A federal court in California granted a franchisor's motion to preliminarily enjoin a former franchisee from continuing to use its trademarks following the franchisee's termination for failure to pay royalties and advertising fees. IHOP Franchising, LLC v. Hameed, 2015 U.S. Dist. LEXIS 12021 (E.D. Cal. Feb. 2, 2015). After IHOP and its affiliates terminated the franchise agreement, Hameed continued to operate his restaurant using IHOP's trademarks. IHOP then filed suit for breach of contract, trademark infringement, and unfair competition, and moved to enforce Hameed's post-termination obligations under the franchise agreement.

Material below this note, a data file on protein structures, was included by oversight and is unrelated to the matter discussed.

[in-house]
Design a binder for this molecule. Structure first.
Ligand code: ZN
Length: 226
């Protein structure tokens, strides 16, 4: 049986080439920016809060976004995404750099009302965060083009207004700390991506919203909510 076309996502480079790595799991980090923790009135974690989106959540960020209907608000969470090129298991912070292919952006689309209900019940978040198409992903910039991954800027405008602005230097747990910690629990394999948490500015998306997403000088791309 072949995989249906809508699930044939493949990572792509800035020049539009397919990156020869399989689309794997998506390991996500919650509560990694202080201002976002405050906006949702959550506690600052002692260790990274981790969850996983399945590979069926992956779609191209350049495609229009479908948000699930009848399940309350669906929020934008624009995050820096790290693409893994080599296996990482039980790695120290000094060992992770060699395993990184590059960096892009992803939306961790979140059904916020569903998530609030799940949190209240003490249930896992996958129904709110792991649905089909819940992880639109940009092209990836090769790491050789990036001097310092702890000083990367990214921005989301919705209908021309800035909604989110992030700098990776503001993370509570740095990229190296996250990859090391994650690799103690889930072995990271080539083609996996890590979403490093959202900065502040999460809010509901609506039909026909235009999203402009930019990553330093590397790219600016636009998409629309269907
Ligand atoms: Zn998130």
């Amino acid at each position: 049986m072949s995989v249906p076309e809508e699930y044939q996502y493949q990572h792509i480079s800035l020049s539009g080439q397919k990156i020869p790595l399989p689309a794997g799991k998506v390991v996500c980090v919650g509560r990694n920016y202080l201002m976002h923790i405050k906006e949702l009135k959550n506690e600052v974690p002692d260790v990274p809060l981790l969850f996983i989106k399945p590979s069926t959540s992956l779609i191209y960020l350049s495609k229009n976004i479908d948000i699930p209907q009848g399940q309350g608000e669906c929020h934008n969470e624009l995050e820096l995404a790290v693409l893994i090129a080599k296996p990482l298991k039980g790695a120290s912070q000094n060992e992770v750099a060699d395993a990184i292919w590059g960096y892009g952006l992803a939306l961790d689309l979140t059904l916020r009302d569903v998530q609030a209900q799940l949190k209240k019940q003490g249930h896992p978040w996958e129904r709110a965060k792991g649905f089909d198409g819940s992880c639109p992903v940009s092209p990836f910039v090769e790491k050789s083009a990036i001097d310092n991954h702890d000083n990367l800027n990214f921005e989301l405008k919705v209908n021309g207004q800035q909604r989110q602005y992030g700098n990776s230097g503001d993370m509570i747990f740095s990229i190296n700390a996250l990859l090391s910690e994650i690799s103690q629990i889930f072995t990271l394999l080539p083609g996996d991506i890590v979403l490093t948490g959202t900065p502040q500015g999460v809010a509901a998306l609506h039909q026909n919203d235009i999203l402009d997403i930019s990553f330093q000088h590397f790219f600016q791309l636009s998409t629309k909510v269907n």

The court began by holding that IHOP was likely to succeed on the merits of its trademark infringement claim because it was undisputed IHOP owned the marks in question and that Hameed had lost his right to use those marks by virtue of the termination. The court next found IHOP would likely suffer irreparable harm because Hameed's business had received very poor ratings in IHOP's internal evaluation system, and continued operation of the deficient business would damage IHOP's reputation. The balance of equities also favored an injunction because the harm that Hameed alleged he would experience—his inability to make a living when his business closed— was self-imposed. Finally, the court concluded that an injunction would serve the public interest by preventing Hameed from further misleading customers.
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